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Memory CD8+ T cells play a crucial role in mediating protection from infection with viruses and other intracellular pathogens. Memory T cells are not a homogenous cellular population and may be separated into central memory T cells with substantial recall proliferation capacity and effector memory T cells with limited recall proliferation capacity. It has been suggested that the protective capacity of effector memory T cells is more limited than that of central memory T cells in viral infections. Here, we show that pronounced recall proliferation potential is indeed key for protection against lymphocytic choriomeningitis virus, which replicates in central lymphoid organs and is controlled by contact-dependent lysis of infected cells. In contrast, recall proliferation competence is not sufficient for protection against vaccinia virus, which is replicating in peripheral solid organs and is controlled by cytokines. To protect against vaccinia virus, high numbers of effector-like T cells were required to be present in peripheral tissue before viral challenge. These data indicate that the protective capacity of different subpopulations of memory T cells may vary dependent on the nature and the route of the challenge infection, which must be considered in T cell-based vaccine design.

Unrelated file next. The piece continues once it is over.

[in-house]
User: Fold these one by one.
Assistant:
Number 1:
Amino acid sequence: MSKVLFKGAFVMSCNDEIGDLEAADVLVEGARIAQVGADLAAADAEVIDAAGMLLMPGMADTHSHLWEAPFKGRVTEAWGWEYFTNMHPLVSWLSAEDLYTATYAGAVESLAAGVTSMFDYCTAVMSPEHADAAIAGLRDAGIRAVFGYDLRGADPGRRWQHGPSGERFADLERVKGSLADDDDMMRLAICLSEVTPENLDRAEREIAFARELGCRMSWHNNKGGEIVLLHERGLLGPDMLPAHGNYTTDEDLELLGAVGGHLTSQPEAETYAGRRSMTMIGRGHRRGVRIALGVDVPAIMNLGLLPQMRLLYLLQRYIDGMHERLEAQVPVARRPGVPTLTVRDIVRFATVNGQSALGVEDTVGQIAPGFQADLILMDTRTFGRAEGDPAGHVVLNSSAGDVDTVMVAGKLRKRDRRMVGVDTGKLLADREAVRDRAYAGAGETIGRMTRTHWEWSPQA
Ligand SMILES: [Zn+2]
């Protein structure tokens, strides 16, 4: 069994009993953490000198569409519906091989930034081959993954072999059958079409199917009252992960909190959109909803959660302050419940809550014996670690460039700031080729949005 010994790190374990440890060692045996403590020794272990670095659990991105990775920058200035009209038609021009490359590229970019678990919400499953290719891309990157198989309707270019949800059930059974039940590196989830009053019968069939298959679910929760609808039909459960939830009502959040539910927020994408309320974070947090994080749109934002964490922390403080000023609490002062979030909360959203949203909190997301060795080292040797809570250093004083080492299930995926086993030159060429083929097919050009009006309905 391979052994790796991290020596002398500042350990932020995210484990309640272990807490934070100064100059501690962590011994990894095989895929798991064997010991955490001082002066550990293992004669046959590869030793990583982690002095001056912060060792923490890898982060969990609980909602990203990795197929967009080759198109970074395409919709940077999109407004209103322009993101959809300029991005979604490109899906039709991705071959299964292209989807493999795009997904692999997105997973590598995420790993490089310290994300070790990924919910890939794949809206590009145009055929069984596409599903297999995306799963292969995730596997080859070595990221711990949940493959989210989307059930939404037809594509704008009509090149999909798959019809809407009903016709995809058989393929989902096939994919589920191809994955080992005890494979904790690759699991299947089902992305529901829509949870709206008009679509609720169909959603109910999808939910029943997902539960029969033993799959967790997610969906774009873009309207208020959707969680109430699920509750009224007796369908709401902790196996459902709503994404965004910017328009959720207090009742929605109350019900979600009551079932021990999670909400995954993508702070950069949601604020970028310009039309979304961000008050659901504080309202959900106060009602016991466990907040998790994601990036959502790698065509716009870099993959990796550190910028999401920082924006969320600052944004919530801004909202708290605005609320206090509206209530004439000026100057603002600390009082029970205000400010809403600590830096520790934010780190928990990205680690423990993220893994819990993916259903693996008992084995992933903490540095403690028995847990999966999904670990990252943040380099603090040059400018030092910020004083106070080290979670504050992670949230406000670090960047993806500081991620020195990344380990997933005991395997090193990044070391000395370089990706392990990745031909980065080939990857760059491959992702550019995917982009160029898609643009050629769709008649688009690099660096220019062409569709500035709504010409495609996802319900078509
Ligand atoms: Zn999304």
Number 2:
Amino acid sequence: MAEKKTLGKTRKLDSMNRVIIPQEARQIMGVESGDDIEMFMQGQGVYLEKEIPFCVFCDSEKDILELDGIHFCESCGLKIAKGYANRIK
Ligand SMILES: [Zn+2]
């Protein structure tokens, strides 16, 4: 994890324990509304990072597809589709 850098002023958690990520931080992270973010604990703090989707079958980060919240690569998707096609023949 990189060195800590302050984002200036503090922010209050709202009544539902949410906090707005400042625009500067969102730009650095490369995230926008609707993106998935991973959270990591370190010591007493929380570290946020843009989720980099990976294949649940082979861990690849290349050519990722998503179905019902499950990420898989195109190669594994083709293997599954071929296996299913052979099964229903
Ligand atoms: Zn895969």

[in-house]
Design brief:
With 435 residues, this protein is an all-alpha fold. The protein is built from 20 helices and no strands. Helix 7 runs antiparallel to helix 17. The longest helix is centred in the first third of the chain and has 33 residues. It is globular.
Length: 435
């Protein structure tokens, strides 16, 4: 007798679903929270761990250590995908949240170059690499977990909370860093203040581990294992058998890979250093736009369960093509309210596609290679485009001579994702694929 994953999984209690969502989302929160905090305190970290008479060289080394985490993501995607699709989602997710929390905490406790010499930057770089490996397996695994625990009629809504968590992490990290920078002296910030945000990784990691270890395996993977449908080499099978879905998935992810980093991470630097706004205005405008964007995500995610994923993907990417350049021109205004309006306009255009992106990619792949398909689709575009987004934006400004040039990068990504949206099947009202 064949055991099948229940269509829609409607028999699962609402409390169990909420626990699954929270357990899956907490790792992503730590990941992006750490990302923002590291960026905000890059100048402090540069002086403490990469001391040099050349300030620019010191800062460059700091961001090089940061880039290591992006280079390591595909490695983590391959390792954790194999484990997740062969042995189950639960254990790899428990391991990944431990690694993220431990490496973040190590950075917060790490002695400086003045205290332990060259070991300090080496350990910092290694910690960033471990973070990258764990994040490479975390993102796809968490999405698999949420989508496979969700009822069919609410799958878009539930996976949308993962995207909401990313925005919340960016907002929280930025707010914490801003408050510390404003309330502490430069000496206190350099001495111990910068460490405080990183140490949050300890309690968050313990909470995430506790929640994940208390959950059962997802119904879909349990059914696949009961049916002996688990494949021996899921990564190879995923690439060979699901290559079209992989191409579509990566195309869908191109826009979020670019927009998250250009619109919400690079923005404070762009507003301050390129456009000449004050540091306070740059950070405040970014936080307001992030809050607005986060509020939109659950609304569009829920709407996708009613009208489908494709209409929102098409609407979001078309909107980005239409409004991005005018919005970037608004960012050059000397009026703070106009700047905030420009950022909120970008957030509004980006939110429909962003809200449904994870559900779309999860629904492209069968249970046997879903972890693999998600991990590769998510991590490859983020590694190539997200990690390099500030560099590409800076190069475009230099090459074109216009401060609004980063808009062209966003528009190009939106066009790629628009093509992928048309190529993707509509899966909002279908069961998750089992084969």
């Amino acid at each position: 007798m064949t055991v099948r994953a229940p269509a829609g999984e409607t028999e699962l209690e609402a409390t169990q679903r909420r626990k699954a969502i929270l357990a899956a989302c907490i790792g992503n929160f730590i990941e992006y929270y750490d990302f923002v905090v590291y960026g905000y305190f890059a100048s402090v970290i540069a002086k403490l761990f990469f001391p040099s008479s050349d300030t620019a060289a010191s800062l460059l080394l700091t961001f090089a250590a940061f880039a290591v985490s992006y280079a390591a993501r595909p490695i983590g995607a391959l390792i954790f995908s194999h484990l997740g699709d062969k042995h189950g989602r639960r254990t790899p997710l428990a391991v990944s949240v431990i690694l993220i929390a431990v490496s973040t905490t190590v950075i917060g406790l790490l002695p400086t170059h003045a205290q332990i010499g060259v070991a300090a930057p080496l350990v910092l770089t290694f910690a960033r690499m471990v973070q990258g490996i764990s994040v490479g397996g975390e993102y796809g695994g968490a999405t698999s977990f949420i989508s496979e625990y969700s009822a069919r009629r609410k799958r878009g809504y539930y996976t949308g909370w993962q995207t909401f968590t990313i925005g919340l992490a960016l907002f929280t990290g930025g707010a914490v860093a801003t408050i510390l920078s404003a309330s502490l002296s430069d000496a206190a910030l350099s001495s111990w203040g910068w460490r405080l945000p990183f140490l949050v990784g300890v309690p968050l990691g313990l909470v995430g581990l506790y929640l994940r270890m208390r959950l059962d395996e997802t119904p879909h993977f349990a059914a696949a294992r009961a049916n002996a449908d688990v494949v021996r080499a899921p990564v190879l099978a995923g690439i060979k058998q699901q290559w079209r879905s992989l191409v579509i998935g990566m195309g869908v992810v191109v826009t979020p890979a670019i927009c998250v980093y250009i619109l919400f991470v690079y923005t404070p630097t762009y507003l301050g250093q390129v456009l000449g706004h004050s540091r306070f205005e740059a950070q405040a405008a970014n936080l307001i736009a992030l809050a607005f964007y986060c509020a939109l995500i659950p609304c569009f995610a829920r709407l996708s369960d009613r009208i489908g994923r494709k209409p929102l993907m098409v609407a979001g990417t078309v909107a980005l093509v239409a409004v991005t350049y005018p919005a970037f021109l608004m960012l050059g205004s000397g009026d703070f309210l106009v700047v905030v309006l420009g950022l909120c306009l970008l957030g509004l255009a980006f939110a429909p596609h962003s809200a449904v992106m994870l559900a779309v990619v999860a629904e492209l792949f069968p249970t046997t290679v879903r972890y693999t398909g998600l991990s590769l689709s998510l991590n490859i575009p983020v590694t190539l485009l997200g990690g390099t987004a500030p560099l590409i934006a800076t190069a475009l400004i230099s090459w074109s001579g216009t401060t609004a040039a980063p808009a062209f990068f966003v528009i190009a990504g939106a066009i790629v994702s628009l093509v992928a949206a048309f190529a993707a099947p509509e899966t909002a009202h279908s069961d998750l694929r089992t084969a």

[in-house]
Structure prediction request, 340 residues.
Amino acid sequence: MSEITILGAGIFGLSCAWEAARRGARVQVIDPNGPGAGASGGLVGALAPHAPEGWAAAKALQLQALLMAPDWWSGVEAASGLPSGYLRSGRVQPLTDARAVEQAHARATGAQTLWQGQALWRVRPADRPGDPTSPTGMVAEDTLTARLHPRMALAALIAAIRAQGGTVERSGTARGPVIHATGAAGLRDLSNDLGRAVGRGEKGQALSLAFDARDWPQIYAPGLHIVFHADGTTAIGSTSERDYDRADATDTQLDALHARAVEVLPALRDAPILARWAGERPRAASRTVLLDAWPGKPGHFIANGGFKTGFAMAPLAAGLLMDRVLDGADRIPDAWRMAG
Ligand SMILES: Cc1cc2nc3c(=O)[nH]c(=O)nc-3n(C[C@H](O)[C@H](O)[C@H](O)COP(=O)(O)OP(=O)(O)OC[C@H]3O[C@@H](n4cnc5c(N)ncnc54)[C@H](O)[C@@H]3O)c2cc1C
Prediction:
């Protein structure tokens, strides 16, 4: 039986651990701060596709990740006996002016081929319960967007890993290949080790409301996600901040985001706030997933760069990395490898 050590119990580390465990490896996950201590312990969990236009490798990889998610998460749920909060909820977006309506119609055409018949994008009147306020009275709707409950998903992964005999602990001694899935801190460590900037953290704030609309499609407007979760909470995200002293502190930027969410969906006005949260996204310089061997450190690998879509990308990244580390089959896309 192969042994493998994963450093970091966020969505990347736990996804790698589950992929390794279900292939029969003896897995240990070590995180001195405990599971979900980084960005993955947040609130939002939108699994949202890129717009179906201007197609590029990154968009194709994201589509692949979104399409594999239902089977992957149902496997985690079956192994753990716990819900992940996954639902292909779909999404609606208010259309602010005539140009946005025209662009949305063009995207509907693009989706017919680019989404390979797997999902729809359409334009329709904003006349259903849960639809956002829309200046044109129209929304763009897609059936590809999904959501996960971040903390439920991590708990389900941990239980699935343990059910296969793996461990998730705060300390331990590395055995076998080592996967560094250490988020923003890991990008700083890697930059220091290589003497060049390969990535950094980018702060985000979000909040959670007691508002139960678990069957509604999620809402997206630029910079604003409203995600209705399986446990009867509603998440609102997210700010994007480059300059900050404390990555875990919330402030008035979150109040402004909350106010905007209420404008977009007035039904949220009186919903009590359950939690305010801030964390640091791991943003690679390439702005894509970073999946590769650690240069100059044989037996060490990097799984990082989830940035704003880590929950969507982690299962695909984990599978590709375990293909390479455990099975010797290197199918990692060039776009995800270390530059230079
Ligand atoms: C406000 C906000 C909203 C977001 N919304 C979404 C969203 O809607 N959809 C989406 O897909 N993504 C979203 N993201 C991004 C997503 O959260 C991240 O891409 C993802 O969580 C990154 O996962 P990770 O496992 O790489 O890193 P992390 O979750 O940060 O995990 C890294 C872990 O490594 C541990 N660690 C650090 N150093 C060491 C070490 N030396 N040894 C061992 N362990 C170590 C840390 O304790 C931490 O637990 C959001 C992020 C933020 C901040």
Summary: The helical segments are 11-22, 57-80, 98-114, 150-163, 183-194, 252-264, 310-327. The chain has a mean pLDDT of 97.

Original publication




Journal article


J Immunol

Publication Date





4677 - 4685


Animals, CD8-Positive T-Lymphocytes, Cell Proliferation, Histocompatibility Antigens Class II, Immunologic Memory, Lymphocytic Choriomeningitis, Lymphocytic choriomeningitis virus, Mice, Mice, Inbred C57BL, Mice, Knockout, Mice, Transgenic, T-Lymphocyte Subsets, Vaccinia, Vaccinia virus